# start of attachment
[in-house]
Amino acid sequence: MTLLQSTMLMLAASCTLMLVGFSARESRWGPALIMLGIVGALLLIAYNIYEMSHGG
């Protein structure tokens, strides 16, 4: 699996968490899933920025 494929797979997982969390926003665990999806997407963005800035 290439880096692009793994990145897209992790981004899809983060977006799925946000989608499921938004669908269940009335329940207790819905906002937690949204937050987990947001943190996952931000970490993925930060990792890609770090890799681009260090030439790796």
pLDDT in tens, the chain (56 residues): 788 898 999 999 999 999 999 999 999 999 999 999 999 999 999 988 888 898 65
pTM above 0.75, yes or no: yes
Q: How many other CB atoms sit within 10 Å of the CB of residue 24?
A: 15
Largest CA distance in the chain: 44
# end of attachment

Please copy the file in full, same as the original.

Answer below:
[in-house]
Amino acid sequence: MTLLQSTMLMLAASCTLMLVGFSARESRWGPALIMLGIVGALLLIAYNIYEMSHGG
């Protein structure tokens, strides 16, 4: 699996968490899933920025 494929797979997982969390926003665990999806997407963005800035 290439880096692009793994990145897209992790981004899809983060977006799925946000989608499921938004669908269940009335329940207790819905906002937690949204937050987990947001943190996952931000970490993925930060990792890609770090890799681009260090030439790796």
pLDDT in tens, the chain (56 residues): 788 898 999 999 999 999 999 999 999 999 999 999 999 999 999 988 888 898 65
pTM above 0.75, yes or no: yes
Q: How many other CB atoms sit within 10 Å of the CB of residue 24?
A: 15
Largest CA distance in the chain: 44